The problem is that most teens who are handed a smartphone aren’t going to use it for just an hour or two per day. Research suggests that digital media stimulates the same brain chemicals and regions as other addictive products. Although some teens are able to limit their use, a substantial number end up spending the majority of their leisure time with their devices, which—as noted earlier—could lead to mental health issues.
 
Some have pointed out that parents can use third-party apps such as Kidslox or Norton Family Premier to limit time spent on the phone or on social media sites. Although some parents might find these apps helpful, others might be overwhelmed by the setup process or find the download fees too expensive. Clever teens might also find ways around these apps.
 
But what if Apple were to include the ability to limit screen time in the iPhone’s operating system?
For example, when registering and setting up the phone, Apple could include an option to select the age of the user. If you say the phone is for a 12-year-old, it could give parents the option to restrict the apps used, shut down the phone at night, limit the number of hours it can be used and permit communication with a preapproved list of phone numbers. As the child grows older, these restrictions could be changed or lifted. Making this part of the iOS would seamlessly integrate safety for children and teens into the iPhone—and seamless integration has always been Apple’s calling card.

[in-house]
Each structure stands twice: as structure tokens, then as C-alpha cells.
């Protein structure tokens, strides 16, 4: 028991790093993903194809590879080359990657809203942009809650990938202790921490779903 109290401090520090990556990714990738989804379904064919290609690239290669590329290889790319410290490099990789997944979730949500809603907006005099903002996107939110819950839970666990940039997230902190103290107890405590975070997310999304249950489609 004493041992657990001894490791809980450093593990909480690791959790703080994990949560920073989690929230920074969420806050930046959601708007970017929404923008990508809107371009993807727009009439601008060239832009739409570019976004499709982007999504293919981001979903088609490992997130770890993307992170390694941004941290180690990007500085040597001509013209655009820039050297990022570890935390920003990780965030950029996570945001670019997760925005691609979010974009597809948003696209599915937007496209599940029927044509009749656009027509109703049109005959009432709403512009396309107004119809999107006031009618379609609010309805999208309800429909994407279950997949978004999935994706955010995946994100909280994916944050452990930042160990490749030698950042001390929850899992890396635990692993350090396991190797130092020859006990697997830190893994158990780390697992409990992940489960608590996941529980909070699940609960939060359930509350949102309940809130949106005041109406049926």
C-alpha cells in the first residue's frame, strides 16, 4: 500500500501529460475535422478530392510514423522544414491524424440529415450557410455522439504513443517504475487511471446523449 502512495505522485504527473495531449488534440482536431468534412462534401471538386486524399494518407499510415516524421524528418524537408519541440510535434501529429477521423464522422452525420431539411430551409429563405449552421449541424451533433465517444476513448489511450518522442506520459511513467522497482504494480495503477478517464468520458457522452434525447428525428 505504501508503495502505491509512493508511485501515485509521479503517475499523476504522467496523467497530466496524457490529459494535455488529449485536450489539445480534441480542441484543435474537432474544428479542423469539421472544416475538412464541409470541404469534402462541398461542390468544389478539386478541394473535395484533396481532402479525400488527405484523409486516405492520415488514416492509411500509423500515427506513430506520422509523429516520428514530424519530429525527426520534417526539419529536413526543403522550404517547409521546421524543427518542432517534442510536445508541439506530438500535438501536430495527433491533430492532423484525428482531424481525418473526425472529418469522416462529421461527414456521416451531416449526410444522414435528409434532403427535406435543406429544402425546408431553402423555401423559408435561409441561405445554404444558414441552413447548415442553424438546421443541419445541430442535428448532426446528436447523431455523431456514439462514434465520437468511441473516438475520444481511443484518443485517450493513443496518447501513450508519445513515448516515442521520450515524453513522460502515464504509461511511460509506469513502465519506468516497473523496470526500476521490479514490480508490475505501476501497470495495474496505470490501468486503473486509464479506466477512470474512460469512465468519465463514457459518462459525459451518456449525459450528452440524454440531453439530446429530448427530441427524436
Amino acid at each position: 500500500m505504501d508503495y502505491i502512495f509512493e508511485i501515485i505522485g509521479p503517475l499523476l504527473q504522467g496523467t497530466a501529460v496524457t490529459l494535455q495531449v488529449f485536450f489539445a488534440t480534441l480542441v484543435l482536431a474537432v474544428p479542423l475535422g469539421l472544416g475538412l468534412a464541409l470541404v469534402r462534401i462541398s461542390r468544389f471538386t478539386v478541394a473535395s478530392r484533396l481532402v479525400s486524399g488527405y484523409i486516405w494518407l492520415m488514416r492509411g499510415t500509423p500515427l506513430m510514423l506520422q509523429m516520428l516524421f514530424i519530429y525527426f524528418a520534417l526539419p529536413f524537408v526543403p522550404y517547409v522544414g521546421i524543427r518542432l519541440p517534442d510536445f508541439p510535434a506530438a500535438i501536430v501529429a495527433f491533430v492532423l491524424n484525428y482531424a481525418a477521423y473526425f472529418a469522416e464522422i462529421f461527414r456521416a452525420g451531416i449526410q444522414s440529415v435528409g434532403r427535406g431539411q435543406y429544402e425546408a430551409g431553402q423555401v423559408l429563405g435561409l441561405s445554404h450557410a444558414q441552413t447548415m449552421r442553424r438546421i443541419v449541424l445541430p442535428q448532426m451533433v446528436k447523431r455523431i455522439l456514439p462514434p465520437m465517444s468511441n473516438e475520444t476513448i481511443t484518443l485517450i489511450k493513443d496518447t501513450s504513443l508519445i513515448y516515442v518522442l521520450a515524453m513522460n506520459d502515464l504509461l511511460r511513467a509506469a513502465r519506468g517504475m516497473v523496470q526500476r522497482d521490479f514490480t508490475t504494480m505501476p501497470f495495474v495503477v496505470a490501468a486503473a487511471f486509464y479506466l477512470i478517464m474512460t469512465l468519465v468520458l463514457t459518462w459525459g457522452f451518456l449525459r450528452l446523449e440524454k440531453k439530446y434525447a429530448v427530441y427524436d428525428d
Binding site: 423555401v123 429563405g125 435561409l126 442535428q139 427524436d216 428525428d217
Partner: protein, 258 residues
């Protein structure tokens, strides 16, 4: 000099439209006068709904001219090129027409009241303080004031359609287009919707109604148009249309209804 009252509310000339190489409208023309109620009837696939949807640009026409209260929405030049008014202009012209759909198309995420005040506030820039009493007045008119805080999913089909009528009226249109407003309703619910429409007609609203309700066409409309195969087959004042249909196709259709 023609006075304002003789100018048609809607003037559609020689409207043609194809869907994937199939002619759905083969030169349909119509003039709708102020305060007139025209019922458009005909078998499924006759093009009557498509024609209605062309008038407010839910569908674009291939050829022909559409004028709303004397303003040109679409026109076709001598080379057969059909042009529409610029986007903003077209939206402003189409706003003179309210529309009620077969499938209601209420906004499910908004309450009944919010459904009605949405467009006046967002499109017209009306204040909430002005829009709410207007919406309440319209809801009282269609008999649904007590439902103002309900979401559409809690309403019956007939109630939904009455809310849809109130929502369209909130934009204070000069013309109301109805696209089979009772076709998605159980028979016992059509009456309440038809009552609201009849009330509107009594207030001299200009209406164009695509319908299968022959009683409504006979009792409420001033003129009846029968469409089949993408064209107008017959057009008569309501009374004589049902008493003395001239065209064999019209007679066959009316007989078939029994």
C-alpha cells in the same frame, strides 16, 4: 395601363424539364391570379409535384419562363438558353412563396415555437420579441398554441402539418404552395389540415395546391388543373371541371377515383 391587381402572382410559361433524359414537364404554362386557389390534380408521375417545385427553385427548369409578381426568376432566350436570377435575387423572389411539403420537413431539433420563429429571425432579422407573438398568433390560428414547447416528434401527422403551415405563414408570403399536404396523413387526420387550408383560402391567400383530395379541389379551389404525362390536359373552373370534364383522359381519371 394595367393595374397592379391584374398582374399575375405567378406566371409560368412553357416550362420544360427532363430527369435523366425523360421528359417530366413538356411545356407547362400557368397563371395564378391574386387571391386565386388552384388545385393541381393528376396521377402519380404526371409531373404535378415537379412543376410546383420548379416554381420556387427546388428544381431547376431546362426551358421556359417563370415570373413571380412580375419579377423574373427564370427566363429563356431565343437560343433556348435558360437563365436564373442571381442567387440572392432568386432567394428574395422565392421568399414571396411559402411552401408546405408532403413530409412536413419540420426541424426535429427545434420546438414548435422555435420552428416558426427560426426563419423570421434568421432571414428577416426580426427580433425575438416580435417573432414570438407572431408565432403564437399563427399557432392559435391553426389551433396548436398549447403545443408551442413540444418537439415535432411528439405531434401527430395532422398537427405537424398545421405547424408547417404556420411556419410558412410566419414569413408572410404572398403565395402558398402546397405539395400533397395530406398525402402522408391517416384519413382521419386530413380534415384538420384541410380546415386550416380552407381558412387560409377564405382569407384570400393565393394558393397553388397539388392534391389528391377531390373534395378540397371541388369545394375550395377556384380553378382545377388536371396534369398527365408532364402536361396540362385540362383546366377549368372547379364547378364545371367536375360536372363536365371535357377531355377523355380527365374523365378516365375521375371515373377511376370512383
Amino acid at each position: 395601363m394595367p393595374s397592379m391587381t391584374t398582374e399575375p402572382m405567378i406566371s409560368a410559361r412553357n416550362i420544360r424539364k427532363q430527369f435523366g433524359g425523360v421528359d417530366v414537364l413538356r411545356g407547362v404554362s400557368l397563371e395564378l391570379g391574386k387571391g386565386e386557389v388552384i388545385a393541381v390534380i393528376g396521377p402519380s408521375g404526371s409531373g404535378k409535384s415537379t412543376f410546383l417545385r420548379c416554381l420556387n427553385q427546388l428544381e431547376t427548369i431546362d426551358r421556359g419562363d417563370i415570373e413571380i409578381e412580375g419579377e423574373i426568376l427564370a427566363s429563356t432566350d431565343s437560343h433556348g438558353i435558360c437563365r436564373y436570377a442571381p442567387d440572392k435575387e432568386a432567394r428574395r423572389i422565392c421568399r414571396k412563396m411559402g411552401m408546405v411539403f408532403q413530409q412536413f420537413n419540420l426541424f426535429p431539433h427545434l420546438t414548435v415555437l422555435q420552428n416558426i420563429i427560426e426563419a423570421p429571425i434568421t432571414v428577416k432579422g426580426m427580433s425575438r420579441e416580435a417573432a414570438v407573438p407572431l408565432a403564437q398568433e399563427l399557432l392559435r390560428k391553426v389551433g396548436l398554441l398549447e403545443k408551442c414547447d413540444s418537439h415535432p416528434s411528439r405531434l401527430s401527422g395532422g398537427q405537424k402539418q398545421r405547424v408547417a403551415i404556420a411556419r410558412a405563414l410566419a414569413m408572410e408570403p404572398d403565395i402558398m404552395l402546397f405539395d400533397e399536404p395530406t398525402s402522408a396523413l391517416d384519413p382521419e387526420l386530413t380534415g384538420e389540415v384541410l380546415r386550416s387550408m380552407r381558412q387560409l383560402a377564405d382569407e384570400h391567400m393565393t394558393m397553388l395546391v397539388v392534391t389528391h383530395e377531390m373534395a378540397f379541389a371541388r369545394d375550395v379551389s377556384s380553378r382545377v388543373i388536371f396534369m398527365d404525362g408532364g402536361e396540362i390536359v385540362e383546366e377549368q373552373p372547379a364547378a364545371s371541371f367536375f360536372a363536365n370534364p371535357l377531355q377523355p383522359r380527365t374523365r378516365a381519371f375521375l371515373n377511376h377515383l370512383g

Better phones for happier kids

This has another benefit for Apple: Parents might be more willing to buy their children smartphones if they were easier to regulate. Outside of buying an old-school flip phone—which are increasingly difficult to find—there’s currently no easy way to give a child a cellphone without opening up the world of unlimited internet access, constant social media and endless evenings spent arguing over putting the phone away at dinner.
As the parent of an 11-year-old, I would be much more comfortable giving my daughter a smartphone if I knew she wouldn’t be bullied on it, see things she shouldn’t see or stare at it for six hours a day.
Social media companies like Facebook also have something to answer for here – and they know it. Given links between advertising revenue and time spent on the site, balancing profit and safety will be a tougher task for them.